Pigs are family oriented souls and when placed in a natural environment they live in small, close groups known as spinders. By nature they are extremely affectionate and demonstrative to those they know and trust, often nuzzling up to their beloveds in shows of tenderness.
Their occupation of choice is foraging over distances in order to provide for their piglets. The exercise they get during these expeditions keeps their large frames in optimum condition. Nowadays, greedy farmers grow their "commodities" as rapidly as possible, confining them to sties and depriving them of fit bodies and natural good health.
Sows make excellent mothers and seldom lose a baby. However, in the "fast-food" industry, space is money and mothers are squeezed into inadequate pens where often the little ones get unavoidably squashed. Hence, they are often put into horrific farrowing crates, which are a violation of any new mother's parental rights.
The pig's official language is Piglish, which consists of a wide and wonderful range of grunts that indicate pleasure, shrieks that signify fear and clucking noises that demonstrate annoyance. Of course, there are all those secret little nuances in-between. Piglets probably have the best set of lungs in the world as their danger squeals can almost be heard across continents.
A pig's average life span is about the same as the domestic dog and it has been proved to be just as smart as our four-legged mutts. Pigs learn tricks and games very quickly and, due to their superior intelligence and excellent sense of smell, are used to detect land mines in war-torn countries.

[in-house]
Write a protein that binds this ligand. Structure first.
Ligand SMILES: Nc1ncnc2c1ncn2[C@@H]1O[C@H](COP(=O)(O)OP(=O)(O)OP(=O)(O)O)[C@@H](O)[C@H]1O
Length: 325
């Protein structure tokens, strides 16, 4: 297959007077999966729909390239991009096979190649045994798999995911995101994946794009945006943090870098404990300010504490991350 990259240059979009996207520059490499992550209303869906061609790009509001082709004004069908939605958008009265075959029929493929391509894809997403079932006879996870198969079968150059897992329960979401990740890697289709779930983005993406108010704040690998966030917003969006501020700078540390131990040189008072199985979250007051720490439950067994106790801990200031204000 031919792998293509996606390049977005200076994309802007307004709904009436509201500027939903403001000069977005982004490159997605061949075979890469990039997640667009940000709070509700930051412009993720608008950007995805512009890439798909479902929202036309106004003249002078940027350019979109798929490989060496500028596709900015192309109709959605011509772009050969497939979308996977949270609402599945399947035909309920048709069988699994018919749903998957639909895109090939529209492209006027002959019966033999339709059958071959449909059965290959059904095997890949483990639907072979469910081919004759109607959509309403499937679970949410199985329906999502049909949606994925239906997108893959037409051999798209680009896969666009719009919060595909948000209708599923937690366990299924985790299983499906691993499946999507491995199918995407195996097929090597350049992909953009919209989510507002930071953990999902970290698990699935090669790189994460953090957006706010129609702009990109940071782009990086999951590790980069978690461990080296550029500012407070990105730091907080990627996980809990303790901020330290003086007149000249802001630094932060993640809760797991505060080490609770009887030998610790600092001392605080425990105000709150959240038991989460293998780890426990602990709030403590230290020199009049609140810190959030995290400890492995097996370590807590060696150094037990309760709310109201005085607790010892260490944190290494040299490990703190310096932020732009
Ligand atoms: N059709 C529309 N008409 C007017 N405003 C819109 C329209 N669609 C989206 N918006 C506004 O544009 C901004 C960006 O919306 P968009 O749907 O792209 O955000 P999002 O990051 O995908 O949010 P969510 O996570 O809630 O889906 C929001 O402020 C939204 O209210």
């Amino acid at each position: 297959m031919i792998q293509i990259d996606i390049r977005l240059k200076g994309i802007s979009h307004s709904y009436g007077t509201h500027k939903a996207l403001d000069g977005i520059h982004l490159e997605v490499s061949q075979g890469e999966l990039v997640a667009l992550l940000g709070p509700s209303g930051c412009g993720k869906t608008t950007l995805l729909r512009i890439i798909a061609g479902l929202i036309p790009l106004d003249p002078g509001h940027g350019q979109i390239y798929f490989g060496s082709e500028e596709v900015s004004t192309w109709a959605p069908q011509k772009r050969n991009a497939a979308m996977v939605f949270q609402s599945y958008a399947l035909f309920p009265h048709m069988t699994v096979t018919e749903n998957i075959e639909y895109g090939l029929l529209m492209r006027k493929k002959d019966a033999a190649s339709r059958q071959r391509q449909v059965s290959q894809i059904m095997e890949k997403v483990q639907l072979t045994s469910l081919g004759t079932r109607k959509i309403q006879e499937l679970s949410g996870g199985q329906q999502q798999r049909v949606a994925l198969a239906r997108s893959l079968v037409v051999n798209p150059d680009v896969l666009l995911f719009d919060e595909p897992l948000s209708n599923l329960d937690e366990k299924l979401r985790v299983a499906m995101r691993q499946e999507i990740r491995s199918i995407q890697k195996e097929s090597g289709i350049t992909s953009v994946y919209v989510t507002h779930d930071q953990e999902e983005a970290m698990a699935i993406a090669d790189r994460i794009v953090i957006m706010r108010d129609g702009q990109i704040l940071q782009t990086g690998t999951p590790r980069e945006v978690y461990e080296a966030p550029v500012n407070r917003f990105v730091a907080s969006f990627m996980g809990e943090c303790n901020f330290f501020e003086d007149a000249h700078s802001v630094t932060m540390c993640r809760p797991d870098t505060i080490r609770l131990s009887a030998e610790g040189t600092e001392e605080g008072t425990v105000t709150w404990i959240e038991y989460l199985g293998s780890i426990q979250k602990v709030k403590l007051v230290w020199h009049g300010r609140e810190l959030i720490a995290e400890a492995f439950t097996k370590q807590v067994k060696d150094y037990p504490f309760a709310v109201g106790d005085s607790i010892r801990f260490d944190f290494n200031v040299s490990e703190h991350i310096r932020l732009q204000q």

But the pig's most endearing quality by far is its passion for life.
Dr Lesley Lunn of Gauteng SPCA said: "There is so much we can learn from them. When they eat, they eat with lip-smacking relish; when they sleep, they sleep the deep, still sleep of the guiltless; when they play, they play with the gleeful abandon of children unexpectedly let out of school; when they scream, they scream the soundtrack of a hundred horror movies; when they love, they love with all the passion of their innocent little hearts and they mourn their dead with unbelievable grief.
"Yet we have an entire industry devoted to turning pigs into food - treating them in a manner which denies their sentiency, let alone their sensitivity."
So, the next time you are eating breakfast or braaing chops on the fire, please spare a thought for the Babes in this world, together with all the other voiceless creatures, both great and small, who, at the very least, deserve to be treated with kindness, respect and dignity.
- Recommended reading: The Whole Hog: Exploring the Extraordinary Potential of Pigs by Lyall Watson.
- Glynne Anderson is a pet behaviour consultant and professional dog handler who has appeared on radio and TV to talk about animals and their problems. She can be contacted at email@example.com or by phoning 031 765 1958.